In many ways the Victorian Era is not as different as one might initially expect, though there—of course—have been many social improvements since those times. Individuals of Victorian England had, as we do today, a strong attachment to media entertainment. Just as many American anxiously await the release of new episodes of television shows weekly, Victorian England was similarly riveted through weekly installments from a wide variety of periodicals of the time that too were released on daily, weekly, monthly, quarterly, and annual basis. Fans were riveted for the next installment of works like Oliver Twist, The Moonstone, and other such works that have in modern times been compiled into united novels. A particularly popular one of these periodicals was Household Words beginning at the second half of the nineteenth century.
Household Words was one of the most popular periodicals of its time and came to be a place, along with its latter replacement All the Year Round, to find the best up-and-coming literary works. Household Words was edited by the already famous Charles Dickens (The Guardian), which only added to the periodical’s appeal, and he so domineered the periodical that author’s names were not written only “Conducted by Charles Dickens” emblazoned on the top of each page (Household Words 145). The weekly periodical was created in 1850 and lasted until 1859 when Charles Dickens began to have disputes with the publishers; following said disputes, Charles Dickens began his own periodical—for which he had 50 percent ownership—called All the Year Round (The Guardian). The article was developed for a middle class audience with a small portion of disposable income with each weekly article costing a tuppenny (The Guardian), writin…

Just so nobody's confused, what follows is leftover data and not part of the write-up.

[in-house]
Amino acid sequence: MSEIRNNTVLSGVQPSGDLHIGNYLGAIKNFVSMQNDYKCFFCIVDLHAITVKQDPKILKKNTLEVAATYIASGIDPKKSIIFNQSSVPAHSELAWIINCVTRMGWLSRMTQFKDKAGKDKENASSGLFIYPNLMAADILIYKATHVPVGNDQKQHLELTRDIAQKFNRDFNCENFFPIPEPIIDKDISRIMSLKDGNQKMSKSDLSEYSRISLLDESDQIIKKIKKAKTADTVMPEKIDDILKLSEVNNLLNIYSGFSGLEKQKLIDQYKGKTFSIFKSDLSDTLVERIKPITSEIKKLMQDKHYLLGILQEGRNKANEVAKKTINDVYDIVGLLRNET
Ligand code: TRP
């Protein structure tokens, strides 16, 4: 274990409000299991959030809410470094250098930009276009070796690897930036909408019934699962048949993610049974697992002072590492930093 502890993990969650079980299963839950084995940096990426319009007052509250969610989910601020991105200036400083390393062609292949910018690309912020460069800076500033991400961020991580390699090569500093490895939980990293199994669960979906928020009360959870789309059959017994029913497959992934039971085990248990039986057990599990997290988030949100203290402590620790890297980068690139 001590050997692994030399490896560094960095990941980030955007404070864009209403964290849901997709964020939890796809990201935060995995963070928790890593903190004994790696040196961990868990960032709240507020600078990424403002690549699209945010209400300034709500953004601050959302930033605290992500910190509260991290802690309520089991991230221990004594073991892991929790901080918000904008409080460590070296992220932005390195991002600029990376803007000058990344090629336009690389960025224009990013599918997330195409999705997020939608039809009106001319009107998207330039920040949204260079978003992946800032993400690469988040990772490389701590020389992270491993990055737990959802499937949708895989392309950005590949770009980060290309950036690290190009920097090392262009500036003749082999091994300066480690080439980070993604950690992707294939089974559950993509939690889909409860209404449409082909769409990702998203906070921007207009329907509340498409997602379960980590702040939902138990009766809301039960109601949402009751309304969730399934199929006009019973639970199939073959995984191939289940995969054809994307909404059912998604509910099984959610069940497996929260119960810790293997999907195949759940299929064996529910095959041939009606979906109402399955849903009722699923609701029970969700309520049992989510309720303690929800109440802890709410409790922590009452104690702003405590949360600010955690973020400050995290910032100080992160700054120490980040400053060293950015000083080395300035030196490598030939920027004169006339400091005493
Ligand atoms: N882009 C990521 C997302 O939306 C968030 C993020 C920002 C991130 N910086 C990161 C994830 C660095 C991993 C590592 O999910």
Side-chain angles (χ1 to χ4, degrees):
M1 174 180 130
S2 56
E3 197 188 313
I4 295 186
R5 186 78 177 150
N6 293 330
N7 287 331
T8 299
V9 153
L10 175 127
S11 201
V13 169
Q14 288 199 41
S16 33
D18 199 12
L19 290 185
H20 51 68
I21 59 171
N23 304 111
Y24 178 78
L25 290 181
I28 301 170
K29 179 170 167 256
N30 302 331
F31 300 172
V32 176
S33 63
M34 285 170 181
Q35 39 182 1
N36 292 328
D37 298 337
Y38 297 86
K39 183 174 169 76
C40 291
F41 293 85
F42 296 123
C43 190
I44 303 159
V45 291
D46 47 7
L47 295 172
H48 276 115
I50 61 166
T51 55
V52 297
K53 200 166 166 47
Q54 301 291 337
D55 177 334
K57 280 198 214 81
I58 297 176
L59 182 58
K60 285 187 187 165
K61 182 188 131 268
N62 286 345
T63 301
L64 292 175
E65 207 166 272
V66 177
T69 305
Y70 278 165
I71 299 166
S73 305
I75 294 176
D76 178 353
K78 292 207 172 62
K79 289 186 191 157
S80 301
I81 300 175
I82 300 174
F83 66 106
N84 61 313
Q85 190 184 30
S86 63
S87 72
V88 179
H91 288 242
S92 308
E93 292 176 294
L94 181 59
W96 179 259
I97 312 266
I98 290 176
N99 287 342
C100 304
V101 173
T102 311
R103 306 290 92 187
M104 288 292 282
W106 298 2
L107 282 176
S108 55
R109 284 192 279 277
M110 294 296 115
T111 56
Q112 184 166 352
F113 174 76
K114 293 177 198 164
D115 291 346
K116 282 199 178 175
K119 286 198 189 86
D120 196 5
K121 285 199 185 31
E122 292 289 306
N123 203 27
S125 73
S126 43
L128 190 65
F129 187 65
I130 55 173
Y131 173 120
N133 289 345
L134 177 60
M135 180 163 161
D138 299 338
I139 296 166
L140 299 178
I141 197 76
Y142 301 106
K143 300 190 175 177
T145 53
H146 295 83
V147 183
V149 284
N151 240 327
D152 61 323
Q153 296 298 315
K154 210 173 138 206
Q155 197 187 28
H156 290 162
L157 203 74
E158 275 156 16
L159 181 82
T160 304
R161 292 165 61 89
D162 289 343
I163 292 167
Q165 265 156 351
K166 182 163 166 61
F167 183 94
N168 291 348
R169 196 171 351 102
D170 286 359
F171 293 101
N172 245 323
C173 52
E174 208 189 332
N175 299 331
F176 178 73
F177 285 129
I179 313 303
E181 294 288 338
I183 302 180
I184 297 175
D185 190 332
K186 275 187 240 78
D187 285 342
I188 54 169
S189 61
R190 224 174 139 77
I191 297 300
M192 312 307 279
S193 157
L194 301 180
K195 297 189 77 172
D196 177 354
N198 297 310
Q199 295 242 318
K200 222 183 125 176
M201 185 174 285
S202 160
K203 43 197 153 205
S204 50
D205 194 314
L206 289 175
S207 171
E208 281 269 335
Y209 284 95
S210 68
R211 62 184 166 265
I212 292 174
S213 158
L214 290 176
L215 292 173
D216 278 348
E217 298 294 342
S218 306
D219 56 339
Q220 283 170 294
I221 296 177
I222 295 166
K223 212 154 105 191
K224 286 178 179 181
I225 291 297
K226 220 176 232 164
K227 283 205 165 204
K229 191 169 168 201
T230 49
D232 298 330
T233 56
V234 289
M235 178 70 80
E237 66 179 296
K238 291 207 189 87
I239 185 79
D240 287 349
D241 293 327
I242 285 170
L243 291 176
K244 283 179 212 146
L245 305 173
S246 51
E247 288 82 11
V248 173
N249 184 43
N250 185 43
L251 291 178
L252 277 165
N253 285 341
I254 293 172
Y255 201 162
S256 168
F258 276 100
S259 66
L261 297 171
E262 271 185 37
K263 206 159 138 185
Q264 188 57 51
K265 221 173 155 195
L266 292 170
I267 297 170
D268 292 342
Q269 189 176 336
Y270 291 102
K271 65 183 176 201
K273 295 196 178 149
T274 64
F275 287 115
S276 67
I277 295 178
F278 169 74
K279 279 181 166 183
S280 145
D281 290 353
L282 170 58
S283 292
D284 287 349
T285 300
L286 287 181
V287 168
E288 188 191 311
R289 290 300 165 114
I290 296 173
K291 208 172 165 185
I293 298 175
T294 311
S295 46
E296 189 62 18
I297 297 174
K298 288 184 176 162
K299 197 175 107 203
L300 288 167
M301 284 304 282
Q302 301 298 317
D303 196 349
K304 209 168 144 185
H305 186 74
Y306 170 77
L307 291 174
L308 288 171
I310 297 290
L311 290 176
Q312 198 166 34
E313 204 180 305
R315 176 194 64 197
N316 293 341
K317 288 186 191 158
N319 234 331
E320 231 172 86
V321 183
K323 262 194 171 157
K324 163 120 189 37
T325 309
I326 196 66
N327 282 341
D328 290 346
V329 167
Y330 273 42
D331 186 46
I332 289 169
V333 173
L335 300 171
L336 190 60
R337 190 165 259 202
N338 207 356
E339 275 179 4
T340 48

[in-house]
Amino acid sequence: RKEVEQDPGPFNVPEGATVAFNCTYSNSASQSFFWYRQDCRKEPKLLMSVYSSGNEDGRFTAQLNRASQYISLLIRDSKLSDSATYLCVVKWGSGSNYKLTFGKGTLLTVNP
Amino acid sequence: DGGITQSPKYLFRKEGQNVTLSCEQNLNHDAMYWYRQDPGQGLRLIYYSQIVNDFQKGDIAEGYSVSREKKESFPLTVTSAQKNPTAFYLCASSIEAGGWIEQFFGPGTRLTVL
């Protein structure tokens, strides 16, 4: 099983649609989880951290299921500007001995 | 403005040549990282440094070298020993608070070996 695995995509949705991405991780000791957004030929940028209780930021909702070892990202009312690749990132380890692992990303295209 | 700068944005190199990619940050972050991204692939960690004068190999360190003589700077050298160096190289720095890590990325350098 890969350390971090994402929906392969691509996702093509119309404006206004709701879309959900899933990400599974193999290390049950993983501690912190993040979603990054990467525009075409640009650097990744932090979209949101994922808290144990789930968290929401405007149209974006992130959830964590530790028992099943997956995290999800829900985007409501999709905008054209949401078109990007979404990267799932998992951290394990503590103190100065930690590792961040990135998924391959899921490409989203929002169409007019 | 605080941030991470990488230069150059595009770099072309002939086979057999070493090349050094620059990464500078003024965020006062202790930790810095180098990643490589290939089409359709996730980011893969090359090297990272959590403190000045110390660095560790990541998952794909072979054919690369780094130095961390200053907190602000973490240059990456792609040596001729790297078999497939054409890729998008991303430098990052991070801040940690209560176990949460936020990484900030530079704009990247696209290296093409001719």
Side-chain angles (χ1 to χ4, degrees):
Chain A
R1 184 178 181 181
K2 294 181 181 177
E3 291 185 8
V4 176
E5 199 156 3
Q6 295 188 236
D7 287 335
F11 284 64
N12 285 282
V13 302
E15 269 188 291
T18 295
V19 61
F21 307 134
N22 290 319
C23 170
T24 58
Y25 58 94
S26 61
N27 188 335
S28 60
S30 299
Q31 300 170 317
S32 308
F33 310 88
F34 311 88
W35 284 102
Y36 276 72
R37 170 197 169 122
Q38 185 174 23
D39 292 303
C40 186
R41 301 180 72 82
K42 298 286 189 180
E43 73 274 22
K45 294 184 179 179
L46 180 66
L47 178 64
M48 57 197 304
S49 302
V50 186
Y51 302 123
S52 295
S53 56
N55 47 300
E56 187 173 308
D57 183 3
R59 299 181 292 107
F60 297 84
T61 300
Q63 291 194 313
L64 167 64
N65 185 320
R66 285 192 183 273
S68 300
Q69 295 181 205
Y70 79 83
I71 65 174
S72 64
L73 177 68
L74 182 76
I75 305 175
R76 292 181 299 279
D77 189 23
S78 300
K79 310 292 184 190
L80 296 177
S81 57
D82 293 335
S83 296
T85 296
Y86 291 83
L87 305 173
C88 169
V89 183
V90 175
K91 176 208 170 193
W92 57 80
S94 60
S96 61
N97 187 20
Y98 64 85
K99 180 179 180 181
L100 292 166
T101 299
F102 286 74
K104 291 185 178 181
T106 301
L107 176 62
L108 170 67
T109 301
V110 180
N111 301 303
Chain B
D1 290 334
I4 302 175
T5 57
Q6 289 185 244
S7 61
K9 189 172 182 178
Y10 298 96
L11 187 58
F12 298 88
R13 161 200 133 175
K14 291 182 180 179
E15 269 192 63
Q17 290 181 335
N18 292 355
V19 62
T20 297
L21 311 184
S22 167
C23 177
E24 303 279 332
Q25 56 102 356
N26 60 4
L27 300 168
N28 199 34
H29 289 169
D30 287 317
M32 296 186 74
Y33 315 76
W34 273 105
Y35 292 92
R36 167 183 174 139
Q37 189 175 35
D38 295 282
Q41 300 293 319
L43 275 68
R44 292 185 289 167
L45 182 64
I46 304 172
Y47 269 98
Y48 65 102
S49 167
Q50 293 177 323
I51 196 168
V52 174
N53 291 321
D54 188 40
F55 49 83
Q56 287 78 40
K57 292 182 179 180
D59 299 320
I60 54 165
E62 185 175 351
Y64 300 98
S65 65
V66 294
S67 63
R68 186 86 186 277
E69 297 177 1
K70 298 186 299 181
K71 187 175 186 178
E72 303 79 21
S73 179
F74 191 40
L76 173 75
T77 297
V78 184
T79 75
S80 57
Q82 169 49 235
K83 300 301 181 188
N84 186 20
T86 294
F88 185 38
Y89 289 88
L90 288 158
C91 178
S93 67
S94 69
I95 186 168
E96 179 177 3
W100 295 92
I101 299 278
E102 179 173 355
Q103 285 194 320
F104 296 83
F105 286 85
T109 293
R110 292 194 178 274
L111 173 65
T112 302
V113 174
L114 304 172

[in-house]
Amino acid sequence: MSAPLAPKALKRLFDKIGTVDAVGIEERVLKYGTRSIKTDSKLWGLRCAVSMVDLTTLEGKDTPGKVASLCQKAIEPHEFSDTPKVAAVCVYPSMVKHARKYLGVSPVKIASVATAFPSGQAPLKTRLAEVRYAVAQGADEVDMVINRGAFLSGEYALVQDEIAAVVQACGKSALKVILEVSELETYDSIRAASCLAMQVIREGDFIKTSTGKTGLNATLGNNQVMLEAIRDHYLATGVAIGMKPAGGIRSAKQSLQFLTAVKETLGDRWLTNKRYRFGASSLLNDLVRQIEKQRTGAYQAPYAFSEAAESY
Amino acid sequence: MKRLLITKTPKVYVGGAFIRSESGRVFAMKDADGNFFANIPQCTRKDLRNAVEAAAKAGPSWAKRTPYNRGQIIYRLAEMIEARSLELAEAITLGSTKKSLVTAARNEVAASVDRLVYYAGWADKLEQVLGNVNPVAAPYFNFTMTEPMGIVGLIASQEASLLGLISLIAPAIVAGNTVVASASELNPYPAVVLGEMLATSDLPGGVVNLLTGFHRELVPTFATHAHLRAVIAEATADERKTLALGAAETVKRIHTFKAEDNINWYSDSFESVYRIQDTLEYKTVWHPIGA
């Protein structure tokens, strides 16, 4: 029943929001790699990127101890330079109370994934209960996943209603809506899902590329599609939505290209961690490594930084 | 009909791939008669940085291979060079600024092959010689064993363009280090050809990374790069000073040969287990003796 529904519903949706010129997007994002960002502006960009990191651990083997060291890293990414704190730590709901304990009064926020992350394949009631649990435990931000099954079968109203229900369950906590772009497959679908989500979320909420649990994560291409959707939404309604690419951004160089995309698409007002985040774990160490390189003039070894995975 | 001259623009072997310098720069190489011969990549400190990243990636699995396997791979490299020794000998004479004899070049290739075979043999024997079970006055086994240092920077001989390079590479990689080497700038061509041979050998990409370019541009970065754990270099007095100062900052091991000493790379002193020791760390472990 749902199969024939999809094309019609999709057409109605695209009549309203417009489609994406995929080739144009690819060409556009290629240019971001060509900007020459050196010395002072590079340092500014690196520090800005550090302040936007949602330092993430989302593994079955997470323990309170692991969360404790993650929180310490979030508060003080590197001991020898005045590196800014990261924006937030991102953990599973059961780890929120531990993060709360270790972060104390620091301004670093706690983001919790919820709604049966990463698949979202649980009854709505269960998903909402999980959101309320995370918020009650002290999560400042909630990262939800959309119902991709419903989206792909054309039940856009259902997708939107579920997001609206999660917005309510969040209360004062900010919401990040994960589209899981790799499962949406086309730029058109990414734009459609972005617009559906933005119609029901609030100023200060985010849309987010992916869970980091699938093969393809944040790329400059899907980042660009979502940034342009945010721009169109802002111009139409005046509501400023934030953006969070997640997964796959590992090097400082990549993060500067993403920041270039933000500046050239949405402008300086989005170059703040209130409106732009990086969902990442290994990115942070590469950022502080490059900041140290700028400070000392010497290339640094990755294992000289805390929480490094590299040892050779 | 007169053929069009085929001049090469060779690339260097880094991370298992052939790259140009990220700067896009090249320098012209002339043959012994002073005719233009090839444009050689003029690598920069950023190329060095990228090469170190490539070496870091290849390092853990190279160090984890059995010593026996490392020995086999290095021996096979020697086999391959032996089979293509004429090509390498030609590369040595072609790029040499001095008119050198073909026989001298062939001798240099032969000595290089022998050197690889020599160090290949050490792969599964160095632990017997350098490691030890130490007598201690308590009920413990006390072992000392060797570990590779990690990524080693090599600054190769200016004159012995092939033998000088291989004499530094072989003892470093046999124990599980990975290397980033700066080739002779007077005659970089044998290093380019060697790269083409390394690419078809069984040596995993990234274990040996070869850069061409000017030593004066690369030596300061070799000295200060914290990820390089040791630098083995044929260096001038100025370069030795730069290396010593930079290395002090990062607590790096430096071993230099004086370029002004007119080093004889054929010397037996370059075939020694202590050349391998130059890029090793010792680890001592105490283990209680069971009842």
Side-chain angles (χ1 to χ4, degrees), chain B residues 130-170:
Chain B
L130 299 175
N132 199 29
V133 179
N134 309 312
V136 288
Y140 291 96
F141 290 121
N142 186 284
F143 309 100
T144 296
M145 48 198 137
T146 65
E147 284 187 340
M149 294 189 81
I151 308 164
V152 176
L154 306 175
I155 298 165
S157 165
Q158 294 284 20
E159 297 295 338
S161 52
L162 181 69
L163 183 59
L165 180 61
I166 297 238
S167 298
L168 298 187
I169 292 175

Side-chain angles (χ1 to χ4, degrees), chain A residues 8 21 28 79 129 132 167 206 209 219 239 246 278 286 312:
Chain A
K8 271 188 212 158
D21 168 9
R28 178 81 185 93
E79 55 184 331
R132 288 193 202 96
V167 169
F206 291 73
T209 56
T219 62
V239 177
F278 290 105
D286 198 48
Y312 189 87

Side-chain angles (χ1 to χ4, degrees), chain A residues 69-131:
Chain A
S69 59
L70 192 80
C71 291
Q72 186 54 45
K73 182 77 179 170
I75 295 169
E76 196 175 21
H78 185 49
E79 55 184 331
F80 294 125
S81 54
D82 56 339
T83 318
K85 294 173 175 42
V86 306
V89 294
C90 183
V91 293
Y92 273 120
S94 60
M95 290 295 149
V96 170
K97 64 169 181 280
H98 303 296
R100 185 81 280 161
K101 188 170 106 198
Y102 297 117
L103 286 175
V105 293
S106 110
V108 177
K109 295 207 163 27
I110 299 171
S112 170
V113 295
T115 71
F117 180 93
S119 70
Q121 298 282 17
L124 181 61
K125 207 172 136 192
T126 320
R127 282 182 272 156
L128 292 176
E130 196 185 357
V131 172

…cts and for different purposes. It is particularly surprising how direct some were in their open symbolic criticism of class institutions that so strongly governed the period like “A Mutiny in India.” One may also note, however, that this magazine was clearly not solely focused on issues from an entirely negative perspective; some merely used dark sympathy-drawing language as a means of showing how far society has come from some portions of its dark past, just as people watch some television programs for information, some for romance, and some for their social commentary in modern times.
Dickens, Charles. Household Words. Volume XVI. London: Bradbury & Evans, 15 Aug. 1857. 145-169. Web. 20 Feb. 2014.
McVeigh, Tracy. ” Charles Dickens Bicentenary: Call for Online Editors to Save Forgotten Journal.” The Guardian. 7 Aug. 2011. N. Pag. Web. 20 Feb. 2014